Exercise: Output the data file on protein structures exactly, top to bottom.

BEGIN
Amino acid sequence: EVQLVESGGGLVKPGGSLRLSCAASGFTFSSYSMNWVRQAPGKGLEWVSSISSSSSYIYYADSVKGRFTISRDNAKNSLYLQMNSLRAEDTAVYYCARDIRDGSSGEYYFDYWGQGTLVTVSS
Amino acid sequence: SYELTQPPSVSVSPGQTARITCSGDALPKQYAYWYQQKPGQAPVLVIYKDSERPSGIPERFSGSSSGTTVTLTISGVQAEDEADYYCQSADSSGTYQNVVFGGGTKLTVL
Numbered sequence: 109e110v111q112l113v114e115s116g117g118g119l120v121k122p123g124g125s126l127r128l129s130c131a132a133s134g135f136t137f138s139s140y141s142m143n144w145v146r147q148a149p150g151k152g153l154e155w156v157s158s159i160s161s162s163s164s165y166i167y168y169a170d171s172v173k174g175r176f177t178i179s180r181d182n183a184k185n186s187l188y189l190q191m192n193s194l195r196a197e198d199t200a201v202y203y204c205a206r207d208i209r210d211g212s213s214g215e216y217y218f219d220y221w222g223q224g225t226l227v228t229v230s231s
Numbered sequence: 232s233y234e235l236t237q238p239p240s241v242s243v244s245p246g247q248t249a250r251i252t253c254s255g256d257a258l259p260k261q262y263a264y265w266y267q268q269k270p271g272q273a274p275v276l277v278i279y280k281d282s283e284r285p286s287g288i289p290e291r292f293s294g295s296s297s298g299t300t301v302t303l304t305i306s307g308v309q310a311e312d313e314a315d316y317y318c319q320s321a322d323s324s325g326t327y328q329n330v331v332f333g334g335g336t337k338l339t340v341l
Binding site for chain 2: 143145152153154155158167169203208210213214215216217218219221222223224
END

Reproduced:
Amino acid sequence: EVQLVESGGGLVKPGGSLRLSCAASGFTFSSYSMNWVRQAPGKGLEWVSSISSSSSYIYYADSVKGRFTISRDNAKNSLYLQMNSLRAEDTAVYYCARDIRDGSSGEYYFDYWGQGTLVTVSS
Amino acid sequence: SYELTQPPSVSVSPGQTARITCSGDALPKQYAYWYQQKPGQAPVLVIYKDSERPSGIPERFSGSSSGTTVTLTISGVQAEDEADYYCQSADSSGTYQNVVFGGGTKLTVL
Numbered sequence: 109e110v111q112l113v114e115s116g117g118g119l120v121k122p123g124g125s126l127r128l129s130c131a132a133s134g135f136t137f138s139s140y141s142m143n144w145v146r147q148a149p150g151k152g153l154e155w156v157s158s159i160s161s162s163s164s165y166i167y168y169a170d171s172v173k174g175r176f177t178i179s180r181d182n183a184k185n186s187l188y189l190q191m192n193s194l195r196a197e198d199t200a201v202y203y204c205a206r207d208i209r210d211g212s213s214g215e216y217y218f219d220y221w222g223q224g225t226l227v228t229v230s231s
Numbered sequence: 232s233y234e235l236t237q238p239p240s241v242s243v244s245p246g247q248t249a250r251i252t253c254s255g256d257a258l259p260k261q262y263a264y265w266y267q268q269k270p271g272q273a274p275v276l277v278i279y280k281d282s283e284r285p286s287g288i289p290e291r292f293s294g295s296s297s298g299t300t301v302t303l304t305i306s307g308v309q310a311e312d313e314a315d316y317y318c319q320s321a322d323s324s325g326t327y328q329n330v331v332f333g334g335g336t337k338l339t340v341l
Binding site for chain 2: 143145152153154155158167169203208210213214215216217218219221222223224